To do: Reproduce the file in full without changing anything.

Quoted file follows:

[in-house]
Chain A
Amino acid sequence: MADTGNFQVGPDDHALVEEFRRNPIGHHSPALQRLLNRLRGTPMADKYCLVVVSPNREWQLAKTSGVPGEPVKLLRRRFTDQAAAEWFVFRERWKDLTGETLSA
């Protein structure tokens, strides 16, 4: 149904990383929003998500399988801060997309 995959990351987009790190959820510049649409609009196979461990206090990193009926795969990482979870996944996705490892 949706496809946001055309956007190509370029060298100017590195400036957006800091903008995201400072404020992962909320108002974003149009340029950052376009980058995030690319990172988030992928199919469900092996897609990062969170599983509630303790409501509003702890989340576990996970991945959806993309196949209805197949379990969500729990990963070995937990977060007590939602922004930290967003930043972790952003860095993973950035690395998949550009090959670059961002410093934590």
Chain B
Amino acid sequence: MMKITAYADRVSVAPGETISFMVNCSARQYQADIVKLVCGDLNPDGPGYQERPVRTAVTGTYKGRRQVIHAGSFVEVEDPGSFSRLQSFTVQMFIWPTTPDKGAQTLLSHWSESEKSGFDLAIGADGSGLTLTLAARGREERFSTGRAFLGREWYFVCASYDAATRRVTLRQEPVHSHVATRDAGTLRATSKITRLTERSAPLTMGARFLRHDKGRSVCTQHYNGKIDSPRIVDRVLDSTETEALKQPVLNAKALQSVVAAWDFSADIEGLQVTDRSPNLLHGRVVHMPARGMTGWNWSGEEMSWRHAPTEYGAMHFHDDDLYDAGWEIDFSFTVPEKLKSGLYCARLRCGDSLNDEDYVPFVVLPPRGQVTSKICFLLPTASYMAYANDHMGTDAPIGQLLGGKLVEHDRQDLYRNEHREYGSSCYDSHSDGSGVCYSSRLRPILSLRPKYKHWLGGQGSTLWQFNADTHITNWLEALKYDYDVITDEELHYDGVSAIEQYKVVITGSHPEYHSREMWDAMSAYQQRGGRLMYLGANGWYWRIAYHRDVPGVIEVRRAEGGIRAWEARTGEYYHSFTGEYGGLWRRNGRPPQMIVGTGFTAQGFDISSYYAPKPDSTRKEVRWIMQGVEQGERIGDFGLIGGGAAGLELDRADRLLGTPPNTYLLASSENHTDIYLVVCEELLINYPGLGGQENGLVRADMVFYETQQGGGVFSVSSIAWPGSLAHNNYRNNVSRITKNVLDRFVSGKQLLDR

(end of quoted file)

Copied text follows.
[in-house]
Chain A
Amino acid sequence: MADTGNFQVGPDDHALVEEFRRNPIGHHSPALQRLLNRLRGTPMADKYCLVVVSPNREWQLAKTSGVPGEPVKLLRRRFTDQAAAEWFVFRERWKDLTGETLSA
């Protein structure tokens, strides 16, 4: 149904990383929003998500399988801060997309 995959990351987009790190959820510049649409609009196979461990206090990193009926795969990482979870996944996705490892 949706496809946001055309956007190509370029060298100017590195400036957006800091903008995201400072404020992962909320108002974003149009340029950052376009980058995030690319990172988030992928199919469900092996897609990062969170599983509630303790409501509003702890989340576990996970991945959806993309196949209805197949379990969500729990990963070995937990977060007590939602922004930290967003930043972790952003860095993973950035690395998949550009090959670059961002410093934590």
Chain B
Amino acid sequence: MMKITAYADRVSVAPGETISFMVNCSARQYQADIVKLVCGDLNPDGPGYQERPVRTAVTGTYKGRRQVIHAGSFVEVEDPGSFSRLQSFTVQMFIWPTTPDKGAQTLLSHWSESEKSGFDLAIGADGSGLTLTLAARGREERFSTGRAFLGREWYFVCASYDAATRRVTLRQEPVHSHVATRDAGTLRATSKITRLTERSAPLTMGARFLRHDKGRSVCTQHYNGKIDSPRIVDRVLDSTETEALKQPVLNAKALQSVVAAWDFSADIEGLQVTDRSPNLLHGRVVHMPARGMTGWNWSGEEMSWRHAPTEYGAMHFHDDDLYDAGWEIDFSFTVPEKLKSGLYCARLRCGDSLNDEDYVPFVVLPPRGQVTSKICFLLPTASYMAYANDHMGTDAPIGQLLGGKLVEHDRQDLYRNEHREYGSSCYDSHSDGSGVCYSSRLRPILSLRPKYKHWLGGQGSTLWQFNADTHITNWLEALKYDYDVITDEELHYDGVSAIEQYKVVITGSHPEYHSREMWDAMSAYQQRGGRLMYLGANGWYWRIAYHRDVPGVIEVRRAEGGIRAWEARTGEYYHSFTGEYGGLWRRNGRPPQMIVGTGFTAQGFDISSYYAPKPDSTRKEVRWIMQGVEQGERIGDFGLIGGGAAGLELDRADRLLGTPPNTYLLASSENHTDIYLVVCEELLINYPGLGGQENGLVRADMVFYETQQGGGVFSVSSIAWPGSLAHNNYRNNVSRITKNVLDRFVSGKQLLDR